Fish wrap

2021 is not the year to cut back on the parts and pieces which help us find fish. 


Winter, finally, is wood stove cold. Boats of all sizes are wrapped in slinky white  blankets while Monahan’s Pier rests without echoes of Narragansett Surfcasters’ salty tall tales. Seasoned anglers know all that means it’s time: we must respect our proximity to Spring with inevitable tasks of reorganizing and worse, purging some fishing gear. Into basements, chilly garages and spare rooms we must trudge to perform one act or the other; reducing such clutter as four seasons of fishing might amass or organizing assortments and attachments into plastic collectors with painters tape labels to rebuild a comfort level of lure and line security. Purging is neither easy nor quick. Cold beverages or room temperature brown liquids served with a single ice cube may increase motivations to reduce but they may also fog our resolution to simplify. 

“My brother Keith calls me a lure pirate,” said angler Jason Anctil. “I do my very best to keep the economy going by buying fishing gear. Every season I start with the bare minimum in my boat, but within a few trips, my boat is overflowing with more gear and then some more from our local bait shops.”

Writer and occasional fisherman E.B. White once noticed, “It is not possible to keep abreast of the normal tides of acquisition. I have no sharp taste for acquiring things, but it is not necessary to desire things in order to acquire them.” Clearly gear finds us, often too weak to refuse such sharp things shiny, wobbly or jointed, sinking, swimming or jigging, until winter’s clarity calls us to reckon with how much we have accumulated and small voices ask us to compare our acquisitions to available space in the bare light of necessity. With much experience, it’s clear organizing and purging fall into a clear categories.

“Absolutely.” Regardless of condition or years of successes, certain gear remains essential, despite newer technologies, shinier paints or wee hours infomercials guaranteeing life-like everything designs. These are proven and not maligned by annual “improvements” such as those which lead to the demise of original Doc lures. Save for a best quality print of Dogs Playing Poker, nothing would be worth trading away these favorites which always produce. 

“Potentially.” Even the poorest quality imported plastic baitfish imitation or random lure of unknown origin announces some magic siren of potential energy. A wobbling, scratched, bruised, cracked but still clanking diving crankbait holding a mere fraction of its critical nose, picked from a gravel parking lot years ago landed me a fine false albacore so therefore, only one such memory justifies saving similar oddities. All of them.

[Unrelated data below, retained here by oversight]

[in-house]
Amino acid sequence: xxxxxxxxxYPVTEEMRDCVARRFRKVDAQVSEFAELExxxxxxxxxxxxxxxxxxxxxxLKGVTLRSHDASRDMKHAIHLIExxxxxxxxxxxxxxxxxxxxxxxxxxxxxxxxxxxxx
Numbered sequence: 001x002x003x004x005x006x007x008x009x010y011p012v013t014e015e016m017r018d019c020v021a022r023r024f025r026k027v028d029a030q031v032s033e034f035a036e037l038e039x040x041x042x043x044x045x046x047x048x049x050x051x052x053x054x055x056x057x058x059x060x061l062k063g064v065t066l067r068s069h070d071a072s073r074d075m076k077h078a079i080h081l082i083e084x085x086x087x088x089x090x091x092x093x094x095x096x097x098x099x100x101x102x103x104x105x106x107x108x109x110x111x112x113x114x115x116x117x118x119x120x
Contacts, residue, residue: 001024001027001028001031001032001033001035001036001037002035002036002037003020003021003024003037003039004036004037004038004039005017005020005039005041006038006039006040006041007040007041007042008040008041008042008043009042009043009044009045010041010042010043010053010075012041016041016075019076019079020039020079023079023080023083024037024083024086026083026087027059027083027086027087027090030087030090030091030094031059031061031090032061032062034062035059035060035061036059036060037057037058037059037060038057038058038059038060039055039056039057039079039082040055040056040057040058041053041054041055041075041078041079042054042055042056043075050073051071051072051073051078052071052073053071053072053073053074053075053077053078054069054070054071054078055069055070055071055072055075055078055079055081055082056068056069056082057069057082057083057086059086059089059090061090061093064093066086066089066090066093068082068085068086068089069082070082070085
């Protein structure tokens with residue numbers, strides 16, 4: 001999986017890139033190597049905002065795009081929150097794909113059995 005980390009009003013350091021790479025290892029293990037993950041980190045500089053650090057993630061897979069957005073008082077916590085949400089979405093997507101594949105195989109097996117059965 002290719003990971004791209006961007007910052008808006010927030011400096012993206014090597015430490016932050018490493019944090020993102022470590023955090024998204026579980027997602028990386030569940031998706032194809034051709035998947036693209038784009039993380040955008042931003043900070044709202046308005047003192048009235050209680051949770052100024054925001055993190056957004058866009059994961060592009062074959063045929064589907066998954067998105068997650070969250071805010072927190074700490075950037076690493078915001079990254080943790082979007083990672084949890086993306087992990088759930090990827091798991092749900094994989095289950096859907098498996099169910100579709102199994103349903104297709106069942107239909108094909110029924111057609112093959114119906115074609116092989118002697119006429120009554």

“Every winter I plan on getting more organized but instead I go fishing.” That’s how Jason Anctil keeps his tackle boxes full and ready for any potential situation. Sort of. This category also includes support materials like hooks, swivels, snaps, lead weights in coffee cans, three ways and sliding weight holders for fish finder rigs and bottom bashing tautog setups that we just must have, even when their gleam has worn off. How many scratched, tarnished Hopkins tins can we justify hoarding since most exist in a state of increasing patina and declining usefulness? Rusted or seized tight to old leader, they still beckon to be held safe in sliding plastic trays in case sports with yellow license plates clean out our tackle shops. Overcoming potential energy, that electric charge reminding us of that singular afternoon when we caught a keeper or even anything at all, is a Herculean task.

“Eventually.” Our collective excuse for keeping ugly broken back swimmers, gifted ornamental Creek Chub replicas and stiff black rubber worms with twisted chrome blades is easily debunked by space conscious partners but we also can easily create opportunity to add them to the team. Hooks never tied, teasers never added, scents never applied, tools never used all retain power. It’s all about power. Inevitably there will be a trip when we reach for that one item we just disposed of after years of dust collecting, even though we knew this day would come. That’s a lousy place to be.

“Probably.” Under pressure, this assortment is hard to justify. Unused, unpackaged, unclassified even for water fresh or salt, certain lures remain simply for their possibility to fill a niche but their lifeline is weak at best, especially under some scrutiny. This is a last chance defense.

“Possibly.” This final category preserves the tired, twisted and poorly purchased. Aaron Flynn, one of South County’s best largemouth fishermen said, “I have packs and packs of Zoom lizards that I never use. I bought them when I first started fishing, and just can’t part with them yet!” Point made. One odd change of tide or turn from southwest breeze to southeast might require switching from olive to chartreuse or yellow to bone so we simply can never have enough tackle. The pain of failing to pack a favored ivory stick bait due to rusty hardware or deep teeth scratches when the crew is catching will linger for months. All that justifies more gear purchases, of course. 

Purging stings but organizing is cathartic, restoring balance to tackle boxes and plans for a new year on the water. We all need that. Spring is a mere three months down the calendar so our focus now should be on improving our “possiblies” to “absolutelies” with enough practiced defenses to protect even the cheap Chinese Creek Chub imitations. Because you just never know…

Todd Corayer is a lifelong fisherman who lives not far from Rhode Island’s Saugatucket River with his wife, who supports his fishing mainly to get him out of the house and a young son who consistently catches more fish than him. You can read more about how to catch fish in New England at

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